We now have our recipe for the rib roast which is served at a proper English Christmas Dinner and now my friend, Darlene, darlenefoster.wordpress.com, has provided us with a recipe for the proper English dessert – Trifle. I know you will enjoy reading Darlene’s story about this recipe. I think it is one many of us can relate to.
A HUSBAND FOR A RECIPE
Coming from a German Canadian family, I had never had a sherry trifle before I travelled to England to meet my man’s family. It was during the Christmas season, so I was served trifle a number of times. I loved it! I asked for the recipe but was told in no uncertain terms that it was a family recipe and it was only shared amongst family. While there, we got married and everyone said I married Paul in order to get the family trifle recipe. It has been a topic of amusement for the past 44 years.
Since then I changed it somewhat to make it my own. My German Canadian family expects it every Christmas, my dad always asked for seconds. I’m not giving away any family secrets by sharing my recipe, besides my son is already married.
Darlene’s Trifle Recipe
Jelly rolls (Swiss rolls)
1 – 2 tablespoons of sweet sherry
I can of fruit cocktail
Other fresh fruit if desired
1 Package of strawberry or raspberry Jell-O (jelly powder)
Bird’s custard powder
Chocolate shavings (optional)
Line a clear glass bowl with slices of jelly roll covering the bottom and partially up the sides.
Sprinkle with sherry to soak the rolls
Drain the fruit cocktail and mandarins, arrange on top of jelly rolls
Add more fruit if desired. I often slice a banana, add fresh strawberries or sprinkle a few blueberries. Whatever you prefer and whatever is available.
Prepare the Jell-O as instructed, I often use the juice from the fruit as part of the liquid.
Pour Jello-O over the fruit and rolls. Let it cool and then refrigerate. (I often do this the night before)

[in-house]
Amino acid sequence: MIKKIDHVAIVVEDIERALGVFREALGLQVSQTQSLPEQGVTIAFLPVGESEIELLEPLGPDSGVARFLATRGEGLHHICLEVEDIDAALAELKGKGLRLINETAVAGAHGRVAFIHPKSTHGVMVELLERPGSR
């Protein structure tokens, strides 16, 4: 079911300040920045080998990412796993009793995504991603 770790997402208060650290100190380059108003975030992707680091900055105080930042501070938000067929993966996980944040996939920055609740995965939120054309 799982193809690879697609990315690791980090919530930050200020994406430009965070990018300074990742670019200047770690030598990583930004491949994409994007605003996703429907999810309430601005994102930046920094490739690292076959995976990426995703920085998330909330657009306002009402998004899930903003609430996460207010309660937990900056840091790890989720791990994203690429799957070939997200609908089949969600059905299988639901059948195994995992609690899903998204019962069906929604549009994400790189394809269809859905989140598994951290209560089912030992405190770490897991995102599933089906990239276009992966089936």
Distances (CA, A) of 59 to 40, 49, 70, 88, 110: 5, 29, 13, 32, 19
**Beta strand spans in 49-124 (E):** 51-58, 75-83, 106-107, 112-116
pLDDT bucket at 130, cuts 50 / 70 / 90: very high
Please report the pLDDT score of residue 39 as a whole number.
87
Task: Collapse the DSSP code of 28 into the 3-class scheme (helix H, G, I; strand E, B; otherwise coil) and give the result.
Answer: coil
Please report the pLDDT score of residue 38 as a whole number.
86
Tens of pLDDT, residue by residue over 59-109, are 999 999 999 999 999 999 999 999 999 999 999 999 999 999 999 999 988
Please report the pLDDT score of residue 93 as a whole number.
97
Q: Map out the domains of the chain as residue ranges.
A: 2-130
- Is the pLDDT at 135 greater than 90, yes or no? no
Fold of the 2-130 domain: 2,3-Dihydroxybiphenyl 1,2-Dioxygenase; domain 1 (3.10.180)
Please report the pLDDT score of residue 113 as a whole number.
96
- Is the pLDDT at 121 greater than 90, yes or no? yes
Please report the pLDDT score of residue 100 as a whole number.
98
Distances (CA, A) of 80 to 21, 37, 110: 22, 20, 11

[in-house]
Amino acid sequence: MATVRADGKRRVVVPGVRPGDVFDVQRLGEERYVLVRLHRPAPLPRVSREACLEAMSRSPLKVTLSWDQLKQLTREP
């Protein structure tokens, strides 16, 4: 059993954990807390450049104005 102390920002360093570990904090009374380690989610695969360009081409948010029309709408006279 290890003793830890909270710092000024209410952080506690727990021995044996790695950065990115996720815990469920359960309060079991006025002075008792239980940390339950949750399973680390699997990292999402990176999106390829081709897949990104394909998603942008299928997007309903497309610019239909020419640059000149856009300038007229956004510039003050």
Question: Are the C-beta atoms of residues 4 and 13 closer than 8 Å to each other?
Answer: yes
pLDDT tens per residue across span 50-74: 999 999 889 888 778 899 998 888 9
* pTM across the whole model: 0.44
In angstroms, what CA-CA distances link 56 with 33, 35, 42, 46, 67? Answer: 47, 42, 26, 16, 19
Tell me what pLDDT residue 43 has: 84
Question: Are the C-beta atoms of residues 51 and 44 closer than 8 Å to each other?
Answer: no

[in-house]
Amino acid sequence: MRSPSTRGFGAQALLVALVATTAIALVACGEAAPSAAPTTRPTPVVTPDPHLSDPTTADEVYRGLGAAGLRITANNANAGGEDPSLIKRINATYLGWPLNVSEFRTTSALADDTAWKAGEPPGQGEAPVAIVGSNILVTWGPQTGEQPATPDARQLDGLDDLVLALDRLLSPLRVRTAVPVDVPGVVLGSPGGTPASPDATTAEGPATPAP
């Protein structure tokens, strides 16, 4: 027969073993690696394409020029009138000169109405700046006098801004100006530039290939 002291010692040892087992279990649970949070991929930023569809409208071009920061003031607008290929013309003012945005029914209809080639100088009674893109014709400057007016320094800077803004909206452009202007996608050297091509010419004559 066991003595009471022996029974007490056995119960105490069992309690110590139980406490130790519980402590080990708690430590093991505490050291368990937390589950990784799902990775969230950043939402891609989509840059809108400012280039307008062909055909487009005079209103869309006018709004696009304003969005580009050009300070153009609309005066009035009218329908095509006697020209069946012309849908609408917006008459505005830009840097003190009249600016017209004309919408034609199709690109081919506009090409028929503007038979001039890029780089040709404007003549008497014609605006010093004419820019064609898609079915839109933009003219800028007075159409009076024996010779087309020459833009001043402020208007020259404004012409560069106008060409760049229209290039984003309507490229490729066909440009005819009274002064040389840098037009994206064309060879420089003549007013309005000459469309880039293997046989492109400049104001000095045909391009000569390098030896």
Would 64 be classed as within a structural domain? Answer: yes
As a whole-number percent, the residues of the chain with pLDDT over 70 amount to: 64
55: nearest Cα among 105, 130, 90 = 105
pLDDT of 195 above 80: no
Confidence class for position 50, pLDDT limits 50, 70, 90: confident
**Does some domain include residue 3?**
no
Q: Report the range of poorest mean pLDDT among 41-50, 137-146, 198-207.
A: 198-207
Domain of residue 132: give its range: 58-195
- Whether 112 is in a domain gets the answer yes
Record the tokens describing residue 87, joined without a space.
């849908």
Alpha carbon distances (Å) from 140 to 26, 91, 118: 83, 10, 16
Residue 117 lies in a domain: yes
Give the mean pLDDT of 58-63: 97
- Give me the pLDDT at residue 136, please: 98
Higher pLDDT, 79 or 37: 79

Prepare the Birds custard as per package instructions.
Let it cool and thicken somewhat.
Pour custard over the rolls/fruit/Jell-O which should be well set.
Place back in the fridge, cover with wax paper so as not to get a skin on it.
Just before serving, whip cream and arrange on top. Top with chocolate shavings or decorate with pieces of fruit such as strawberries or mandarin slices. Use your imagination. When the children were little I often decorated the top with Christmas figures.
The layers in the glass bowl look very pretty and festive. Make sure you take a picture before serving. Of course you can eat it any time of the year!
Note: Amounts can vary depending on the size of the bowl and how many people will be sharing it. No matter what, there is never enough!
72 responses to “ENGLISH TRIFLE – A Husband for a Recipe”
Haven’t had a trifle in years. Yours looks yummy.
Thanks, Mary. We have it every Christmas for the past 44 years.
[…] ENGLISH TRIFLE – A Husband for a Recipe […]
I love trifle! Gotta make this soon since my husband enjoys it too. Thank you, Darlene, Bernadette, for sharing it!
Thanks. I hope you both enjoy it.
It is our pleasure Angie.
I’m intrigued by this recipe. Love the addition of sherry. Thanks for sharing!
You are most welcome.
You can make it without but a traditional English trifle has sherry in it. It does make it very nice.
This is an interesting take on a trifle! Never had one with jello. Love the sherry flavor!